are the records of three of them. They are all small, slender and cheerful.
The first is our office cleaner. She has two grown-up children and has kept them and herself for most of her married life. To be near her work she lives in the city, and knows all there is to know about the blitz. Up at six, and after a quick cup of tea off to clean some offices. Back at 8.30 to do own housework, and the whole of the rest of the day until about nine o'clock spent going from one cleaning job to another, with quick trips back to do her own washing, cooking and scouring. A 15-hour day—and no grumbles.
. * * SECOND: A woman doing work of, national importance. Lives just outside London in an 18-roomed house with her 78 years old mother. Had staff of four before the war—now has no one. Fler day : Up at 6.30 a.m.; takes down blackout ; attends to furnace; goes out to garden (eighth of art acre) to feed 100 rabbits, 18 hens, a goat and a pig. Comes back, brings up coals, lights fires, cooks breakfast, washes up, gets vegetables ready for lunch, reads morning paper while having breakfast standing up and off to work by 9. Mother does the shopping which just brings the working day within the realms of possibility and out of the fantasy class! Work is luckily within easy reach and so back to lunch, which she cooks, washes up, more food for animals, Back to work and home about six. Does blackout, final feed for hens, rabbits, pig and goat. Collects any eggs. Into house to get supper which she cooks; washes up and finishes the cleaning jobs left over from morning. Puts surplus eggs down to preserve. Is voluntary tirewatcher, as not enough in road to make even a stirrup pump squad. Life slightly complicated the other night by the house next door getting a direct hit with a H.E. Own house badly blitzed, with windows and frames and doors blown all over the place and ceilings threatening to descend any minute. Walls bulging. Dust choking everyone. Fetched in the four from the bombed house, took them down to own cellar, rendered first aid, put them to bed with hot water bottles—all in the middle of the night. Cahn the dawn and also twenty people from other bombed houses to breakfast. Fried twenty eggs. Gave a home to the first four for a week while they tried to salvage their furniture. Still living in cellar herself and mother because rest of house not yet habitable.
Effect of blitz on animals: Pig and gnat, nil. Rabbits, the does lost their litters through fright—either scattered or ate them. The hens have been laying better ever since.
Says she has to work to a schedule— like on board ship—and daren't deviate one iota, otherwise chaos. Gets to bed on quiet nights in the early hours.
a a a C THIRD: Mother of five children, A two at prep. school, three at home, living in big, rambling house; never sits down for a minute. Husband away for most of the week so has to cope alone; thinks herself extremely lucky to have household help for three hours a day. Up at six, feeds the baby, and soon four-year-old son arrives to superintend. Has to see he is properly clothed and baby happy before she goes down, copes with blackout, clears out stove; snatches quick bath—a case of now or never—and starts to prepare breakfast for schoolgirl who has to be got off by a certain bus, Breakfast for herself and the four-year-old. Out to feed hens, ducks and geese; back to house, washes baby and gets him settled in pram, Clearing up and odd jobs till elevenses—she makes this an inexorable rule—and reads in snatches the morning paper, "just to see what has happened the night before!" Starts to prepare lunch. Baby's schedule has to be observed and dovetailed into rest of work. Always an ear open for him and an eye for the four-year-old. Afternoon filled with work, washing, mending, getting tea in time for return of schoolgirl, and feeding poultry again ; baby bathed while gramophone interlude keeps small son amused. Bathing punctuated by visits to the gramophone to change the records. Small son then to bed and if lucky these operations cease in time to hear the 6 o'clock news. Thinks munition work would be a rest cure.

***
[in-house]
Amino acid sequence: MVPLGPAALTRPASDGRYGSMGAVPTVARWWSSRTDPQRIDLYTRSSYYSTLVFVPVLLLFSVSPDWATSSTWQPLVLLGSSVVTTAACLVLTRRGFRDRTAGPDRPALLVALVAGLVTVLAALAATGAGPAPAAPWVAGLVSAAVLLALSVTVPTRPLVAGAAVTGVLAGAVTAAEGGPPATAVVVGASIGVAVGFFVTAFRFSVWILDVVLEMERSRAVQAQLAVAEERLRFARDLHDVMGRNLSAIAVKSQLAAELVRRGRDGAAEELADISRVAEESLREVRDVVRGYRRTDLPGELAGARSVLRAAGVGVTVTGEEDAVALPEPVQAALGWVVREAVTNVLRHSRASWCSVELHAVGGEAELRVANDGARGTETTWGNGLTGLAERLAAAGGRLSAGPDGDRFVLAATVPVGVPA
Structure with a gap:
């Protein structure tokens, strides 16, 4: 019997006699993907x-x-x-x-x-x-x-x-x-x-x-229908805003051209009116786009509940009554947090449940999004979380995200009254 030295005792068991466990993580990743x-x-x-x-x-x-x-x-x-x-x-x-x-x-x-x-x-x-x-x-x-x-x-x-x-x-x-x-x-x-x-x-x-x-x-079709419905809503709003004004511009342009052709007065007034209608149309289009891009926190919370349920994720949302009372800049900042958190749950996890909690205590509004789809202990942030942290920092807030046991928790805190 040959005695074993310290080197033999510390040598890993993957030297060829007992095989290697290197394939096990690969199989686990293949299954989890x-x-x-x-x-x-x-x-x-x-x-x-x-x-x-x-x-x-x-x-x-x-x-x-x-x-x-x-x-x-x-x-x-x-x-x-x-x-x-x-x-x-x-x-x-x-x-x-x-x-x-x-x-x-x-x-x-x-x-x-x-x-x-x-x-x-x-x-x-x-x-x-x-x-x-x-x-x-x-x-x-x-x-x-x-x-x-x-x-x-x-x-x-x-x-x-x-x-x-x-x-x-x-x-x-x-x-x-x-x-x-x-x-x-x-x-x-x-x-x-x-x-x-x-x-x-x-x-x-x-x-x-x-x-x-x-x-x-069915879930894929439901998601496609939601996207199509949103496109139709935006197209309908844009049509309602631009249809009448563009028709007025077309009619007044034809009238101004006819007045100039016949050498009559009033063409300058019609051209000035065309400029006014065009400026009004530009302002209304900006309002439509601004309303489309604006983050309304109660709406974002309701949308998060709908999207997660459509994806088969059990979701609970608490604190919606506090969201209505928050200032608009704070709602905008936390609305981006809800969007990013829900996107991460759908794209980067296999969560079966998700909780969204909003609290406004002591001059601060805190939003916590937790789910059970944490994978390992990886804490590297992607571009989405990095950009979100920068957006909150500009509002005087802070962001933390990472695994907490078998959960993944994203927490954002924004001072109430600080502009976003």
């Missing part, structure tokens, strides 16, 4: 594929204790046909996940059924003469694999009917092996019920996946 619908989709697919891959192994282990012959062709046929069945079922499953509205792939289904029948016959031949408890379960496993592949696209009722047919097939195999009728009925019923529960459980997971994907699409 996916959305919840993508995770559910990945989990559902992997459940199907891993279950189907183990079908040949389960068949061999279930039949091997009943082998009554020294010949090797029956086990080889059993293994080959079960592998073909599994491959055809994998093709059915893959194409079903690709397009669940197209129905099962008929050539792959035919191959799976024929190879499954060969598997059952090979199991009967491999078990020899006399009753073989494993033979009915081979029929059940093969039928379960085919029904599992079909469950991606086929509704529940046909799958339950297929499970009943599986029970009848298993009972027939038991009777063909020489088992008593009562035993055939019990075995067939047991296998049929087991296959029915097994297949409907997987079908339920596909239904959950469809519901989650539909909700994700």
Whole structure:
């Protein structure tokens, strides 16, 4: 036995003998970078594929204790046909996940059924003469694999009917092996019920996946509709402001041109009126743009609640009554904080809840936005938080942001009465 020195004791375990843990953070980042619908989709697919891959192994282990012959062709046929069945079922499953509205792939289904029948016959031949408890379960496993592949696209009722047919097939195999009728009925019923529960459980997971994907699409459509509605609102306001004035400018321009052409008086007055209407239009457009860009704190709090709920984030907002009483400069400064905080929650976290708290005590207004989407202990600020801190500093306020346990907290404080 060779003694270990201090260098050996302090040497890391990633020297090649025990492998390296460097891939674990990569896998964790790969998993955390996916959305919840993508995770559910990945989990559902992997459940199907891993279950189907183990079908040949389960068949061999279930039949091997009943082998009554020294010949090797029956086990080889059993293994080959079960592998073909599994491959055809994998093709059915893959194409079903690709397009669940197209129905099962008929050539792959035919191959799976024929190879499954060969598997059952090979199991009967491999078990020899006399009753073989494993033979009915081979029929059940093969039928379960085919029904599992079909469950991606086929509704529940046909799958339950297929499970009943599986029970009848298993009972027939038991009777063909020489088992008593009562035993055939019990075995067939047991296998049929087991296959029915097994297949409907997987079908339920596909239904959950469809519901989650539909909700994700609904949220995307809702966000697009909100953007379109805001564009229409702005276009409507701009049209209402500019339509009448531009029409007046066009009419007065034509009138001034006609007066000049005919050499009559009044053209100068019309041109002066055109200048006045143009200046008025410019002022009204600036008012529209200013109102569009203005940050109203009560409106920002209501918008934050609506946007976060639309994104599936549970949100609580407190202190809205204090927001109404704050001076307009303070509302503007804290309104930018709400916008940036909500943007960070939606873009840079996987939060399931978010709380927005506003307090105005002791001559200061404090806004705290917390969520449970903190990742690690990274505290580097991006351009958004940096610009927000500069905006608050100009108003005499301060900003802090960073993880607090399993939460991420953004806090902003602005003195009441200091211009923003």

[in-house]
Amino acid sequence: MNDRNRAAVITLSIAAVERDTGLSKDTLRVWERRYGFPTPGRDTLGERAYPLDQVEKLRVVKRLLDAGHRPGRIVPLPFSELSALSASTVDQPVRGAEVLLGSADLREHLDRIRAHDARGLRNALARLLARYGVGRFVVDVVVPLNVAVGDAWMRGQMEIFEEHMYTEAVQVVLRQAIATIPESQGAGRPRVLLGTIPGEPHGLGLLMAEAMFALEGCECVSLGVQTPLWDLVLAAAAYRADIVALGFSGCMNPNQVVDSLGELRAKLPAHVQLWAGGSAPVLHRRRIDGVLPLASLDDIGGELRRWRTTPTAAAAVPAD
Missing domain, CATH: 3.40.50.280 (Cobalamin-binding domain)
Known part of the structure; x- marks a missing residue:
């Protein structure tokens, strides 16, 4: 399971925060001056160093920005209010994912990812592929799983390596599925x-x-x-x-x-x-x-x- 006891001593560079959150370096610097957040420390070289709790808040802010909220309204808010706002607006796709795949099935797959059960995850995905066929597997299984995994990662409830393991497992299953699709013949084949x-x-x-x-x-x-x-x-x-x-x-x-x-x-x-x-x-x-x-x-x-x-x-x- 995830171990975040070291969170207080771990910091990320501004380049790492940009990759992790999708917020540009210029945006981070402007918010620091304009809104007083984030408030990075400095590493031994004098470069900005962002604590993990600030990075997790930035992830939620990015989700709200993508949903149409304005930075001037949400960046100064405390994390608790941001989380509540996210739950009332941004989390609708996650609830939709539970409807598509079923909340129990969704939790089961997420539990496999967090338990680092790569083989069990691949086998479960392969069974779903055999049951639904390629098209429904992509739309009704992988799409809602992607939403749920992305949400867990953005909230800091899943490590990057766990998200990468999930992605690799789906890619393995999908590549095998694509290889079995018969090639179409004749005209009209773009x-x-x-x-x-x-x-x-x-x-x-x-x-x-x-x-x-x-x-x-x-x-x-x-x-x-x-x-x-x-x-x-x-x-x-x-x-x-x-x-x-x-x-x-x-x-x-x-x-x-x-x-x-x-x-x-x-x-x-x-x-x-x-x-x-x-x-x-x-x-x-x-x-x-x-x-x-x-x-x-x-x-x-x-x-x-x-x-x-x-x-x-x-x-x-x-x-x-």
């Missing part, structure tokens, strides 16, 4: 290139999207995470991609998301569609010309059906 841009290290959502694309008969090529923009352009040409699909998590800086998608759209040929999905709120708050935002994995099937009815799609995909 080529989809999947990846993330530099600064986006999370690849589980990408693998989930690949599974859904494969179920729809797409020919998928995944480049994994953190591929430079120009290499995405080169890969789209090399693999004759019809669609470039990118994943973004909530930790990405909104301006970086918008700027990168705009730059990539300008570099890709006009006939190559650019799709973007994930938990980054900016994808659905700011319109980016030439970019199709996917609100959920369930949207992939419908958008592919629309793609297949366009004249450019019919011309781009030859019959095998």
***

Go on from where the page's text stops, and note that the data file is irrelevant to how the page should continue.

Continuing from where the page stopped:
The house quiet and the children sleeping, she begins work on the Stork Club. Faithful and discerning readers may now guess of whom I am writing. The Stork Club was founded by her in 1940 to help expectant mothers, wives of Servicemen, to get layettes together. The idea is not to offer charity but to help mothers to obtain adequate.and nice clothes at a charge within their income.
It's done grand work during these four years and now there's to be a baby show to help the funds on August 19 in the village. You can help by sending baby clothes, anything to sell, or prizes for the winners. Send to the Moat, Mark Beech, near Edenbridge, Kent.